Ch 13: Nonfiction Text Analysis

About This Chapter

Lessons in this chapter make it easy for students to fully grasp the process of analyzing nonfiction text. How to draw inferences, determine the text structure of a passage and interpret graphics are just a few of the topics covered in this chapter.

Nonfiction Text Analysis - Chapter Summary

Students interested in exceling in their high school level English courses often are required to understand how to analyze nonfiction text. Expert instructors have developed entertaining lessons that make it easy for students to grasp this concept. This chapter looks at the process of analyzing informational, expository, persuasive and functional texts. It also provides summaries and analyses of well-known works. Upon completion of the lessons, students will be prepared to do the following:

  • Draw inferences from informational texts
  • Identify implied main ideas
  • Use transitions to determine the text structure of a passage
  • Interpret graphics in expository, persuasive and functional texts
  • Analyze the content and style of the pamphlets Common Sense and The Crisis in America
  • Discuss Henry David Thoreau's Walden and Civil Disobedience
  • Identify the themes and purpose of Abraham Lincoln's second inaugural address
  • Summarize and analyze the Bill of Rights

6 Lessons in Chapter 13: Nonfiction Text Analysis
Test your knowledge with a 30-question chapter practice test
How to Determine the Text Structure of a Passage Using Transitions

1. How to Determine the Text Structure of a Passage Using Transitions

Text structure refers to the way a writer organizes their text. Learn how to use a passage's transitions to determine its structure, including chronological structures, comparing and contrasting subjects, cause and effect passages, and descriptive pieces.

Thomas Paine: Common Sense and The Crisis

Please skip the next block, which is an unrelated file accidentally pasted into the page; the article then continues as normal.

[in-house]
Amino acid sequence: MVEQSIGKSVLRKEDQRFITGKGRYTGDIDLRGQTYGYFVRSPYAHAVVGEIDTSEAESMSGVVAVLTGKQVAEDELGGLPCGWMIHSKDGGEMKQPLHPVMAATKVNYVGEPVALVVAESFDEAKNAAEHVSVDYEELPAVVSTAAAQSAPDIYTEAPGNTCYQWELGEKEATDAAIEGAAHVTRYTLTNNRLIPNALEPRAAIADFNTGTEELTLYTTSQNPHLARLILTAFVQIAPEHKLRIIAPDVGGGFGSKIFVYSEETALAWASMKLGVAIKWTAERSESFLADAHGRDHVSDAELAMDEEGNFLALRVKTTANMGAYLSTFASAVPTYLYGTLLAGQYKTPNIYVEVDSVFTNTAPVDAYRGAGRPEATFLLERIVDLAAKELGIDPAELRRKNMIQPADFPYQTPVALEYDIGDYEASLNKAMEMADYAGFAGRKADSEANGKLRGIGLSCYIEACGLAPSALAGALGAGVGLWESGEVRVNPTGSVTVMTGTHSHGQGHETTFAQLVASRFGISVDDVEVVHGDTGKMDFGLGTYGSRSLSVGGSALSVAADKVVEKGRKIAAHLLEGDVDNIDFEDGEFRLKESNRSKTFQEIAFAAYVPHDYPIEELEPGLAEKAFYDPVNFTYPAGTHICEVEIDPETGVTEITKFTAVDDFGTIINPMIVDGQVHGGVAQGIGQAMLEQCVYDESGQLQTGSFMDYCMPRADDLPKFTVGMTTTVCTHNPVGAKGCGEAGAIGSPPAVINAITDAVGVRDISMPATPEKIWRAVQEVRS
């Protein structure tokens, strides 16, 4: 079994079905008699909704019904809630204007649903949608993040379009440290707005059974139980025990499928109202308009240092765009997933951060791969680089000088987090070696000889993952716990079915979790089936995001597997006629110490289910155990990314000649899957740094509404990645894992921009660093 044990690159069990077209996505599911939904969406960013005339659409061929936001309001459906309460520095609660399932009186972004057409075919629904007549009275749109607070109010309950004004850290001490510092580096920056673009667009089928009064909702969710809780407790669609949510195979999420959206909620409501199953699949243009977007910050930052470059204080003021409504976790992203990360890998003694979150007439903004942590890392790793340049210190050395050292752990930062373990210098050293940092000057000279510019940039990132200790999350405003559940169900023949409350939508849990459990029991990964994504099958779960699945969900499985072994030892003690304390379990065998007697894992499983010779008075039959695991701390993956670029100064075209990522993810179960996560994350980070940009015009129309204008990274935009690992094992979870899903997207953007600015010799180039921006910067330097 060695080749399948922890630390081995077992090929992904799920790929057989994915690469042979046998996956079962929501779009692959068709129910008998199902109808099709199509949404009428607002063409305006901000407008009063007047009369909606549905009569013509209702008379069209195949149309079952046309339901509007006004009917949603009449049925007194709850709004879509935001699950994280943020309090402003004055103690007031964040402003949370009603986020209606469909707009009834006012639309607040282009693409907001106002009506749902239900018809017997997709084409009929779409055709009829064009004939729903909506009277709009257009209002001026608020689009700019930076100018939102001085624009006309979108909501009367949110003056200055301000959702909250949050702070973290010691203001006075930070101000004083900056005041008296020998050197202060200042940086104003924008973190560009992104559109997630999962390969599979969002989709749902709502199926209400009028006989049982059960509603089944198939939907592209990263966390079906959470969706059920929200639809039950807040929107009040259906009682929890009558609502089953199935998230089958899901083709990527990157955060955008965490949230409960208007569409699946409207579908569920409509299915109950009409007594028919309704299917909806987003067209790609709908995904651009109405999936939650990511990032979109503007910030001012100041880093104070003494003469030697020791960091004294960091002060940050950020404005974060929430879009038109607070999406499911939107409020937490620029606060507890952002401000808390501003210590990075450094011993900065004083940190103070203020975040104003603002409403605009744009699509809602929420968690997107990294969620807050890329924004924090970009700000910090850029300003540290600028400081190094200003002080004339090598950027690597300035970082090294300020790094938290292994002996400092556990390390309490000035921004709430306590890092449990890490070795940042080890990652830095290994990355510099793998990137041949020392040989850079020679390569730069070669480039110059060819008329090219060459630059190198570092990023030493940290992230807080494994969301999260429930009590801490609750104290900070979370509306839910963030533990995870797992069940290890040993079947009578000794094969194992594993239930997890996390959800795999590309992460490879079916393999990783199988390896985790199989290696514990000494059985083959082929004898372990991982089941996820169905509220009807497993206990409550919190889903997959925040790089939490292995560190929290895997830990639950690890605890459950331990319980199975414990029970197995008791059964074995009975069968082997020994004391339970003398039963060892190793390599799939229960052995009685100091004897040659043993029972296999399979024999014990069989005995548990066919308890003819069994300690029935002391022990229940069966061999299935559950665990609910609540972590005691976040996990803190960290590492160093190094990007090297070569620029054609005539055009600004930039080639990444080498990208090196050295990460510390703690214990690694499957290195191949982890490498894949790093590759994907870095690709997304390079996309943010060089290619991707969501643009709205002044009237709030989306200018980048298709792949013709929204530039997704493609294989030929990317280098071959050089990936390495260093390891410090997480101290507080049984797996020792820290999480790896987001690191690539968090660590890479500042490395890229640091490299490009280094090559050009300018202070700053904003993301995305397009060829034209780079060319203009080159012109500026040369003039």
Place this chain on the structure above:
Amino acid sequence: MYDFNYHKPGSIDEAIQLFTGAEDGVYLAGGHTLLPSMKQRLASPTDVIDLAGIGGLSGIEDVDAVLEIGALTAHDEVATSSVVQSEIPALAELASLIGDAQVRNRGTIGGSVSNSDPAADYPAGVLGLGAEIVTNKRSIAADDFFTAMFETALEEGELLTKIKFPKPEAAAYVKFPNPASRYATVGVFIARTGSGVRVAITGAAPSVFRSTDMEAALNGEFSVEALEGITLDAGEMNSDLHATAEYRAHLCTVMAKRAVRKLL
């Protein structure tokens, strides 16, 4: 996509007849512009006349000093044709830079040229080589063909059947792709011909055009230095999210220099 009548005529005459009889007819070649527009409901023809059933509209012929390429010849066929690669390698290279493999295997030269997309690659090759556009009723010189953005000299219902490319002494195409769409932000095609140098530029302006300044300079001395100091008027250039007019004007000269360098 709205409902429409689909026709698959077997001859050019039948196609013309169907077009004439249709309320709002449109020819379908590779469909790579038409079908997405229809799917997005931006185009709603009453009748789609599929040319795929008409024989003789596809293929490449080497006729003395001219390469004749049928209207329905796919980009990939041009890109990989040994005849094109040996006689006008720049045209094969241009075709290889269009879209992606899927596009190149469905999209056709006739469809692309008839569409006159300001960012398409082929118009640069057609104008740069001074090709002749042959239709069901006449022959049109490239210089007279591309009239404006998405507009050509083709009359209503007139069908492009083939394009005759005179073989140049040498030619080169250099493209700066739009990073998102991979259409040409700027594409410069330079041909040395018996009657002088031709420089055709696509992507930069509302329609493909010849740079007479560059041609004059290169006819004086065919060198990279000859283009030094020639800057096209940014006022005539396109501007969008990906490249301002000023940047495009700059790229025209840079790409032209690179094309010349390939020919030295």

2. Thomas Paine: Common Sense and The Crisis

Thomas Paine wrote Common Sense and The American Crisis, pamphlets that ignited the American people's will to revolt against England for their independence. Review the main points of Paine's pamphlets and his motive in writing these revolutionary works.

Henry David Thoreau's Walden: Summary and Analysis

3. Henry David Thoreau's Walden: Summary and Analysis

Published in 1854 by Henry David Thoreau, Walden is one of the most prominent pieces of transcendentalist American literature. Discover Thoreau's motivations for writing Walden, as well as the main themes of the book.

Henry David Thoreau's Civil Disobedience: Summary and Analysis

4. Henry David Thoreau's Civil Disobedience: Summary and Analysis

Transcendentalist Henry David Thoreau wrote the essay, 'Civil Disobedience,' to express opposition to American imperialism and slavery. Analyze this essay to understand Thoreau's motivation for writing it, his instructions for civil disobedience, and his perspective on America's identity. Recognize the influence of Thoreau's essay on prominent civil rights activists, including Dr. Martin Luther King, Jr.

Lincoln's Second Inaugural Address: Themes & Purpose

5. Lincoln's Second Inaugural Address: Themes & Purpose

President Abraham Lincoln's second inaugural address packed a series of powerful messages into a weighty 6-7 minute speech. See the themes and purpose of this speech in addressing the ongoing Civil War, and the response of the public to his message.

The Bill of Rights: Summary & Analysis

6. The Bill of Rights: Summary & Analysis

The thirteen American colonies announced their independence from Great Britain and became the first thirteen states in the Declaration of Independence on July 4, 1776. Learn about the Bill of Rights, history, summary, and analyzes its importance.

Chapter Practice Exam
Test your knowledge of this chapter with a 30 question practice chapter exam.
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Practice Final Exam
Test your knowledge of the entire course with a 50 question practice final exam.
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